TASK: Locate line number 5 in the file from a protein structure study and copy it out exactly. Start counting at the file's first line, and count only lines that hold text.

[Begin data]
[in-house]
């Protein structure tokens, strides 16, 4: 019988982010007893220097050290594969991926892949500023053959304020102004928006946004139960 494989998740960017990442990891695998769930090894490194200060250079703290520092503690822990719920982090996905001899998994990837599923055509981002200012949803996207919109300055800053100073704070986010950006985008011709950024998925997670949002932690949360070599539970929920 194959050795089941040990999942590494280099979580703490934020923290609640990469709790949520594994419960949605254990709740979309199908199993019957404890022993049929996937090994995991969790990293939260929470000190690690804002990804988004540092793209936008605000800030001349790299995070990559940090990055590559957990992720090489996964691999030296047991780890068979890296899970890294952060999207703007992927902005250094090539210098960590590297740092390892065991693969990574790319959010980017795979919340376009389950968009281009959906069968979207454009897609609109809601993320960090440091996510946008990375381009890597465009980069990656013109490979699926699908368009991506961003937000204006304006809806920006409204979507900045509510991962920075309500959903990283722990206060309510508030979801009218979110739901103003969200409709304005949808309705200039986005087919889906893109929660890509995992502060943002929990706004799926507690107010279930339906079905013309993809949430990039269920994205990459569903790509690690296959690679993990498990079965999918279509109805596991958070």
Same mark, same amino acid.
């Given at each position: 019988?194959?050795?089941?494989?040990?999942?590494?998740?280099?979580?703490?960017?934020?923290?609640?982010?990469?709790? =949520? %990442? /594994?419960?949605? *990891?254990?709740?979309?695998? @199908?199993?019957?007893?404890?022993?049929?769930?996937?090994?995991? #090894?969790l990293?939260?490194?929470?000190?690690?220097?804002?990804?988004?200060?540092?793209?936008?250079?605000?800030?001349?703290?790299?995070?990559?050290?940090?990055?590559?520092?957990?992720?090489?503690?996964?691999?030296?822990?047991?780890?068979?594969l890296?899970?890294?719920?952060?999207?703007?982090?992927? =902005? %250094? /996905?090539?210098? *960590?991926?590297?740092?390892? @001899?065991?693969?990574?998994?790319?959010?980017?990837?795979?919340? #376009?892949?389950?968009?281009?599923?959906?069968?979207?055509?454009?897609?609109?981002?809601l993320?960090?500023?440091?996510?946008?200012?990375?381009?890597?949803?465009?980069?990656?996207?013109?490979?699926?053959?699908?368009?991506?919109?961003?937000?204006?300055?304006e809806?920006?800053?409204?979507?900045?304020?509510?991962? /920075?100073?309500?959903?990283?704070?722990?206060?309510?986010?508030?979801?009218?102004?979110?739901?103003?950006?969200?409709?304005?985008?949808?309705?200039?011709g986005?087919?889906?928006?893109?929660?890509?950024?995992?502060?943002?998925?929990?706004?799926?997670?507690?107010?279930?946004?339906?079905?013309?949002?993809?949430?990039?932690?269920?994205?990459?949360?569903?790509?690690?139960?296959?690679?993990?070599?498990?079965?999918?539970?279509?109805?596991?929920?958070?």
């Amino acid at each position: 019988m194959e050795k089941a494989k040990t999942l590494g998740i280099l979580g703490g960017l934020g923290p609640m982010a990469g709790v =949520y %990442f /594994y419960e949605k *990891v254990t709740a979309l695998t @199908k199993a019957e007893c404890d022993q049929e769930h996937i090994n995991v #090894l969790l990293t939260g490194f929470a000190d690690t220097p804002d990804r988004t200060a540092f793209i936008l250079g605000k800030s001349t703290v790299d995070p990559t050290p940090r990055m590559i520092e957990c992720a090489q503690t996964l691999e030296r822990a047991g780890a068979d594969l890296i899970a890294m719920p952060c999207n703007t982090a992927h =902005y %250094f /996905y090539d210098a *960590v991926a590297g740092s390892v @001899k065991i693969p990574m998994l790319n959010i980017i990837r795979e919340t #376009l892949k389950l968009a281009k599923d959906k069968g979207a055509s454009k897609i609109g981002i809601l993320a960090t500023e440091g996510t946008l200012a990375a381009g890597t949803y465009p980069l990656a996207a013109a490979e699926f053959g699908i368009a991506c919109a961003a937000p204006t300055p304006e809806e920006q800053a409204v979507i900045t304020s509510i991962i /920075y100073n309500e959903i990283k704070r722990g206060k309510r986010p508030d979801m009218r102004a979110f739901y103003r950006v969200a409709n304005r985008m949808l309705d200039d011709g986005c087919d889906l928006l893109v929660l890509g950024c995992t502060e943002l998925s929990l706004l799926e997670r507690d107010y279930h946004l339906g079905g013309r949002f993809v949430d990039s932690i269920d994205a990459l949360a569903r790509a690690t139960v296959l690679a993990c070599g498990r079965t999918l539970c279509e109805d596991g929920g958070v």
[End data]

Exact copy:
């Amino acid at each position: 019988m194959e050795k089941a494989k040990t999942l590494g998740i280099l979580g703490g960017l934020g923290p609640m982010a990469g709790v =949520y %990442f /594994y419960e949605k *990891v254990t709740a979309l695998t @199908k199993a019957e007893c404890d022993q049929e769930h996937i090994n995991v #090894l969790l990293t939260g490194f929470a000190d690690t220097p804002d990804r988004t200060a540092f793209i936008l250079g605000k800030s001349t703290v790299d995070p990559t050290p940090r990055m590559i520092e957990c992720a090489q503690t996964l691999e030296r822990a047991g780890a068979d594969l890296i899970a890294m719920p952060c999207n703007t982090a992927h =902005y %250094f /996905y090539d210098a *960590v991926a590297g740092s390892v @001899k065991i693969p990574m998994l790319n959010i980017i990837r795979e919340t #376009l892949k389950l968009a281009k599923d959906k069968g979207a055509s454009k897609i609109g981002i809601l993320a960090t500023e440091g996510t946008l200012a990375a381009g890597t949803y465009p980069l990656a996207a013109a490979e699926f053959g699908i368009a991506c919109a961003a937000p204006t300055p304006e809806e920006q800053a409204v979507i900045t304020s509510i991962i /920075y100073n309500e959903i990283k704070r722990g206060k309510r986010p508030d979801m009218r102004a979110f739901y103003r950006v969200a409709n304005r985008m949808l309705d200039d011709g986005c087919d889906l928006l893109v929660l890509g950024c995992t502060e943002l998925s929990l706004l799926e997670r507690d107010y279930h946004l339906g079905g013309r949002f993809v949430d990039s932690i269920d994205a990459l949360a569903r790509a690690t139960v296959l690679a993990c070599g498990r079965t999918l539970c279509e109805d596991g929920g958070v």